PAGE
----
When the term “agile” is used in reference to one’s development processes, it more often than not seems to be used in a monolithic way. It isn’t that many aren’t cognizant of the fact that people tend to use a subset, combination, or modified form of the main agile processes marketed today, but even in this recognition there seems to be a tendency to think about each variation in monolithic terms.
Which Process Do You Use?
If you’ve ever attended a local agile user group to hear various processes compared, you may have encountered the speaker asking for a show of hands to find out what various processes people are using. If you’ve been to one of these meetings, it might have gone a little like this:
Let’s see a show of hands of those in the room who are using Scrum. That’s quite a few of you. How about Scrum-ban? Nice. Now let see a show of hands for people using Extreme Programming or XP. Not as many of you guys here. Who’s using the Rational Unified Process or RUP? Anyone? Who isn’t currently using an agile process, but came here today to learn more about agile? Glad to have you guys here! I hope this session will be informative. So, is anyone using any other process we haven’t mentioned? Yes, you sir. What is your group using?
Um, we’ll, we use a process we call ‘Scrum-but’. We use Scrum, but we leave out some things. [a chuckle is heard from a few individuals].
While such a meeting generally turns to discussing the various attributes of different processes, usually hitting major highlights of Scrum such as iterations, stand-ups, planning meetings, user stories, retrospectives, etc., it still does so in terms of the attributes of different monolithic processes. The deficiency in this line of thinking is that it trains people to think in terms of what percentage of a name-brand agile process their team is adhering to, or should seek to adopt, rather than thinking about what problems these processes individually have evolved to solve. “Which Process Do You Use” is the wrong question.
Are you Agile?
Many teams like to say “We’re an agile development shop”. Now to be fair, when we want to convey to someone which common group of practices we follow, it can be useful to use labels such as Scrum, XP, Scrum-ban, etc. That said, there seems to be an awful lot of shops that say they are agile when what they mean is that they do “stand-ups” (i.e. a daily status meetings for keeping their managers informed about what their up to) and “iterate” (i.e. chunky waterfall) their way to a deadline that’s been handed down by upper management or a sales department.
What is Agile?
If you ask what agile is in a typical development shop today, you’ll more than likely find yourself in a conversation about Scrum or some other process than to talk about the actual meaning of the word. Let’s actually go back and look at the definition:
ag·ile - adjective \ˈa-jəl, -ˌjī(-ə)l\
1: marked by ready ability to move with quick easy grace <an agile dancer>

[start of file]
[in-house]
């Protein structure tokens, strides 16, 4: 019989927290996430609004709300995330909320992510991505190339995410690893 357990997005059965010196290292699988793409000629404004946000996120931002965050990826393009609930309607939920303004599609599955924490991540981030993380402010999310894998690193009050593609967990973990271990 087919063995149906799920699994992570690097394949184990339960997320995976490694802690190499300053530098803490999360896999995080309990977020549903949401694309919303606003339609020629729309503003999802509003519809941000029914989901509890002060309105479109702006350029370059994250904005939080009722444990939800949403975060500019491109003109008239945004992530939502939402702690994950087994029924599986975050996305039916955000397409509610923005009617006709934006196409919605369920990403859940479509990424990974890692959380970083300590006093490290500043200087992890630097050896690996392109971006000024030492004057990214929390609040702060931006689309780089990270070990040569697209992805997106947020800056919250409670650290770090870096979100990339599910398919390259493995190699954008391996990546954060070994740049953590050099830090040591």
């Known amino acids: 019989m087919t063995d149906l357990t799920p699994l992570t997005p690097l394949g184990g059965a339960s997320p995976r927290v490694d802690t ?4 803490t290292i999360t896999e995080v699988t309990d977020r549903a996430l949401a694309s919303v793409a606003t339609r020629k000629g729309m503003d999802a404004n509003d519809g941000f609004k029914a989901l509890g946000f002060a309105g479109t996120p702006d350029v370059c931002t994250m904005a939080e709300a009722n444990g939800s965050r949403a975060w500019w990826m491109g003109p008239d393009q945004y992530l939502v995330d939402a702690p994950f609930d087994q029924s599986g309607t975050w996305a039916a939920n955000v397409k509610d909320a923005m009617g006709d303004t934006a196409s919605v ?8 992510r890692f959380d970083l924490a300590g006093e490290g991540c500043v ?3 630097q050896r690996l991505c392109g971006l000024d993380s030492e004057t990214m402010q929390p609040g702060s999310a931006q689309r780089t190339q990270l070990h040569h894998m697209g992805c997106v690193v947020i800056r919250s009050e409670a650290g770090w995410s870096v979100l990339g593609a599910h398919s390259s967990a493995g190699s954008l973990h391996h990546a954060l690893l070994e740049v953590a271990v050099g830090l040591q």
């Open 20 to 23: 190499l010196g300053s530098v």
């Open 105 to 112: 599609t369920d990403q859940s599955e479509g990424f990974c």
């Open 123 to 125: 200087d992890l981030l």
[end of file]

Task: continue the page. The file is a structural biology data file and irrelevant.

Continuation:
2: having a quick resourceful and adaptable character <an agile mind>
Based on this definition from Merriam-Webster’s dictionary, being agile is “an ability to change, or adapt to change, quickly”. While communicating that you adhere to a given agile process may have it’s usefulness at times, thinking of your process in this monolithic way doesn’t promote the kind of thinking that leads to continuous improvement. Rather than thinking in terms of which process we use, we should think in terms of what aspects of change our processes help us adapt to.
Toward An Agile View of Process
It seems that many team’s first foray into agile processes is the selection of Scrum by their management. They’ve heard about this Scrum and how it can save them money, so they’ve sent the managers and Business Analysts off to Scrum Master training to outfit them with their Scrum-capes and Scrum-tights.
Introducing a process like Scrum (or whatever portions of Scrum a company’s existing process will tolerate) will sometimes improve upon matters, but only insofar as one’s cargo-cult emulation of the prescribed practices happen to match up with the problems for which they were conceived. Unfortunately this approach to adopting agile processes often seems to lead to a bunch of people going through the motions without really understanding what the purpose is. Worse, when the local Scrum training consultants sell them on the fact that they don’t really have to give up things like deadlines, using business analysts to gather all the requirements, or otherwise restructuring their organization, they generally end up with some empty shell of a process which is really nothing more than their old waterfall process with more micro-management.
A better approach is to first learn about the types of issues different agile practices seek to address and then consider how your team’s existing process can improve if each practice were applied individually. Rather than thinking of your team as “agile” or “not agile”, consider asking the following types of questions:
Is my team agile WITH RESPECT TO …
changes to the product’s desired features?
changes to the product’s code base?
changes to the team’s understanding of the domain?
changes to the team’s understanding of the technologies used?
changes to team member’s hours of availability?
changes to individuals on the team?
changes to skillsets within the team?
changes to the cost of materials and resources?
changes to the compatibility or availability of 3rd-party software?
Different agile practices address different kinds of problems, but to really become an agile team you need to learn how to identify problems and solutions on an ongoing basis, not just implement processes. Let’s stop thinking of ourselves as agile or not agile and start asking the question “What are we agile at?”